History of the Office of the Chief Herald

Irish Heraldic Authority

The Chief Herald of Ireland is the State’s authority on all heraldic matters relating to Ireland.

The earliest reference to a herald of arms for Ireland is to Chandos Herald, the herald of John Chandos. Chandos Herald was appointed “Ireland King of Arms” in 1382. Chandos had a number of successors, who appear to have been regarded as members of the English College of Arms, up to the time of Edward IV of England (1442 – 1483). The last recorded incumbent was Thomas Ashwell. It is not known whether the post continued after him.

In 1552 the Office of Ulster King of Arms was created by Edward VI, who recorded the event in his journal as follows:

Feb. 2nd. There was a King of Arms made for Ireland, whose name was Ulster, and his province was all Ireland; and he was Fourth Herald of Arms, and first Herald of Ireland

It is not certain why the name of the Irish province of Ulster was attached to the post. However, the Anglo-Norman earldom of Ulster had been vested in the English Crown since the reign of Edward IV, and it seems probable that the title was chosen to reflect this connection.

The first Ulster King of Arms was Bartholomew Butler, who by Letters Patent of 1 June 1552, was granted 'all rights, profits, commodities and emoluments in that office … with power … of inspecting, overseeing and correcting, and embodying the arms and ensigns of illustrious persons and of imposing and ordaining differences therein, according to the Laws of Arms: of granting Letters Patent of Arms to men of rank and fit persons; and of doing … all things which by right of custom were known to be incumbent of the office of a King of Arms'. The post continued until the death of its last incumbent, Sir Nevile Wilkinson, in 1941. Thomas Sadlier, Deputy Ulster, continued to operate the office until 1943.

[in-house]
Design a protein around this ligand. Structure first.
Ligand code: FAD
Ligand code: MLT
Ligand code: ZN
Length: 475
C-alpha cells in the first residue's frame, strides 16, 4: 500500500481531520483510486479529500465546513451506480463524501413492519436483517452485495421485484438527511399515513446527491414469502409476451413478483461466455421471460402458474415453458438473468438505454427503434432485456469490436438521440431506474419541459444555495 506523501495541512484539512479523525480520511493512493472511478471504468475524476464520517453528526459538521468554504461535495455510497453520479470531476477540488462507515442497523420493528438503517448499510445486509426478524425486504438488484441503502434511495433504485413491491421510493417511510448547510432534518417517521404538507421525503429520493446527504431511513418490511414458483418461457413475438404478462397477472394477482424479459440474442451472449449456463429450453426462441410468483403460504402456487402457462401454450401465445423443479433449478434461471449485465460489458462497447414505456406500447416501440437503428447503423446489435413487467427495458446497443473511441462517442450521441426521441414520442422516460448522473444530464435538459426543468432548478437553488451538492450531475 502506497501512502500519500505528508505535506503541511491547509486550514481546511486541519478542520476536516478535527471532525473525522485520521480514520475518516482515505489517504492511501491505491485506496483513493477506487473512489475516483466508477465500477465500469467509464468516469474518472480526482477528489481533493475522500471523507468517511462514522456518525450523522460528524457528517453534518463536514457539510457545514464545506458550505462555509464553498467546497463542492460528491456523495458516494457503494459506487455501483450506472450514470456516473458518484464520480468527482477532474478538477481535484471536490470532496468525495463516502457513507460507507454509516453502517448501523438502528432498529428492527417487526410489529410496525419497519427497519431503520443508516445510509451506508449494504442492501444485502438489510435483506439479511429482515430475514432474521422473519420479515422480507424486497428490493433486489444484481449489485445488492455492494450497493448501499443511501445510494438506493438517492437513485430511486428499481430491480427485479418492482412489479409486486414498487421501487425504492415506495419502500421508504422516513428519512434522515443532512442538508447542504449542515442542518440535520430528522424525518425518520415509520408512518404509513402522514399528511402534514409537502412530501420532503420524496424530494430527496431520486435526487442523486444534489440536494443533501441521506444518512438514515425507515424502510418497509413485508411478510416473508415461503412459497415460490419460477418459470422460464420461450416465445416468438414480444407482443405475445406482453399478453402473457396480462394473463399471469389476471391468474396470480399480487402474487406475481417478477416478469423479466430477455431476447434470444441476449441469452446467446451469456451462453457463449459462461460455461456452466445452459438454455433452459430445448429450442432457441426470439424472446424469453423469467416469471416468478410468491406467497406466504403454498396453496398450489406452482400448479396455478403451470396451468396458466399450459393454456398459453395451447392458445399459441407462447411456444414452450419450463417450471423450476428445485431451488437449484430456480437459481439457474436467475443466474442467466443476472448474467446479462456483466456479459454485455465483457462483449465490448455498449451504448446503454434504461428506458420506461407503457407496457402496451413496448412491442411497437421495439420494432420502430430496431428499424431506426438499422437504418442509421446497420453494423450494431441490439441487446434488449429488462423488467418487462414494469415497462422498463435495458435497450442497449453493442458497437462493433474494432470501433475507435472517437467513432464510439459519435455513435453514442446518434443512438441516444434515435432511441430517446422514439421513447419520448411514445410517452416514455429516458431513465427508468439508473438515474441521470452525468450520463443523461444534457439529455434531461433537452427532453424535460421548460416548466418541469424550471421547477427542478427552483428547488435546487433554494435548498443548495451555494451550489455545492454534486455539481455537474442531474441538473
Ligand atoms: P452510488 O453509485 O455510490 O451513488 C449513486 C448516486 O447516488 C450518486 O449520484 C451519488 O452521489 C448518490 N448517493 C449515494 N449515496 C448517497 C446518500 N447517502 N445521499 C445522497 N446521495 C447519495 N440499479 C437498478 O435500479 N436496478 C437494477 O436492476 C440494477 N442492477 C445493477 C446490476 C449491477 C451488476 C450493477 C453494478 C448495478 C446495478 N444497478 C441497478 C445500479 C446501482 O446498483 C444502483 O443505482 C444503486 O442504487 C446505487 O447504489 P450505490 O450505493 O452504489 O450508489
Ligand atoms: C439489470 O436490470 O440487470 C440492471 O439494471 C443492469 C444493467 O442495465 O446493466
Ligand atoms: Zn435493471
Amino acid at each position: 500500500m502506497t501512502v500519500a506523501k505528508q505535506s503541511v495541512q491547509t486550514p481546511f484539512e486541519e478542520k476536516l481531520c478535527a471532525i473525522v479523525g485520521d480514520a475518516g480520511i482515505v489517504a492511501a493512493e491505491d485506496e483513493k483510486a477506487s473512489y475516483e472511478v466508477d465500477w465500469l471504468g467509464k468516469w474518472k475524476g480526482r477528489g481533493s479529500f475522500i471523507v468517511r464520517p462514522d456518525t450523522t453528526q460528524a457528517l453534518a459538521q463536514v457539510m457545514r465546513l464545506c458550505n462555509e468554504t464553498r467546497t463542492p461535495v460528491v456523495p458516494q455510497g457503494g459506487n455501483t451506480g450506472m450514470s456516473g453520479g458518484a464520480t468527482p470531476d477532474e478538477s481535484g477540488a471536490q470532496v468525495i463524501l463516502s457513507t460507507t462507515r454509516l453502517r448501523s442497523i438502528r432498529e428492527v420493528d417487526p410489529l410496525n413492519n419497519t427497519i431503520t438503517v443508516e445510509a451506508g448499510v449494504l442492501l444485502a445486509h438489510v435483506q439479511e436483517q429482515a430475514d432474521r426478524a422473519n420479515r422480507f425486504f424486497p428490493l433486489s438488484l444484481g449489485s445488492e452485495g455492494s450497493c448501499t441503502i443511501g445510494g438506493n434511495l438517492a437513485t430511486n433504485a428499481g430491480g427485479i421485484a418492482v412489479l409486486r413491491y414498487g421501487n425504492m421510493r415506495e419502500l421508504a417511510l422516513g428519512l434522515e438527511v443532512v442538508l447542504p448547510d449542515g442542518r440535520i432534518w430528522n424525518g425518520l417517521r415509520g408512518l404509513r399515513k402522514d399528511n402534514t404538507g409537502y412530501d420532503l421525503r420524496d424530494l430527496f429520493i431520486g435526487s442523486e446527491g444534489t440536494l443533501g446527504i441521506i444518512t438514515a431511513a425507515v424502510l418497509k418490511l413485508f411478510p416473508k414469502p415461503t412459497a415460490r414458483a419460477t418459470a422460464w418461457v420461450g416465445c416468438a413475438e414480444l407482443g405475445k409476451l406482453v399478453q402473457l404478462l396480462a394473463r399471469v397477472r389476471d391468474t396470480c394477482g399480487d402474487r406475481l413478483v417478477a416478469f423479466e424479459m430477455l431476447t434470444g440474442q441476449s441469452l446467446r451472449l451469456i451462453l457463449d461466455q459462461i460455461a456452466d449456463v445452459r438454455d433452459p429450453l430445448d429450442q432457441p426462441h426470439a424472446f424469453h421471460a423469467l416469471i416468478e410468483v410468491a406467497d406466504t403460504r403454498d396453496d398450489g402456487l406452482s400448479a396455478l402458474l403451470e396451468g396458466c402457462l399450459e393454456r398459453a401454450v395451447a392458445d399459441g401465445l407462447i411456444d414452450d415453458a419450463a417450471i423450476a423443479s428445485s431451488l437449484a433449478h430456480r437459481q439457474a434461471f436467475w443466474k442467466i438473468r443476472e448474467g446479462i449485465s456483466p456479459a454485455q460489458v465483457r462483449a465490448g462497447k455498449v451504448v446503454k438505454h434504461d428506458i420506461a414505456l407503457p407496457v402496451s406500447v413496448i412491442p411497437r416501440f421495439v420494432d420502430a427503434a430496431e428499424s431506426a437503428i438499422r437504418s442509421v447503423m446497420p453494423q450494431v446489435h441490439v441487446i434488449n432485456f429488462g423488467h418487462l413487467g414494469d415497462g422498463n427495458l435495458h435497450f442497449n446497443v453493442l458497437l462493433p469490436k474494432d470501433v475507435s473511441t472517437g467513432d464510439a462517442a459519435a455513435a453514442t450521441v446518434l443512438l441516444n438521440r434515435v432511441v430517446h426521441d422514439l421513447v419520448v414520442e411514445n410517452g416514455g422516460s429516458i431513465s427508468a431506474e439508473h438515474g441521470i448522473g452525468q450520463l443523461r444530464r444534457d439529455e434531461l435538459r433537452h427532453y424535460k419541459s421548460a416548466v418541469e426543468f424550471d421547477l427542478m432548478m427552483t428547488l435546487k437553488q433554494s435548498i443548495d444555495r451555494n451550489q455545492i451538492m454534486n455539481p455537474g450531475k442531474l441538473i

In 1943 heraldic responsibility passed to the Irish State. Dr Edward MacLysaght, styled Chief Genealogical Officer to which was later added Chief Herald of Ireland, succeeded to the functions and powers of Ulster King of Arms. The old title of 'Ulster' was attached to the existing post of 'Norroy King of Arms', a member of the English College of Arms.

Further information on Heraldry in Ireland is available for download here:
The History of Heraldry in Ireland  Heraldry_in_Ireland.pdf (0.15 MB, Adobe PDF)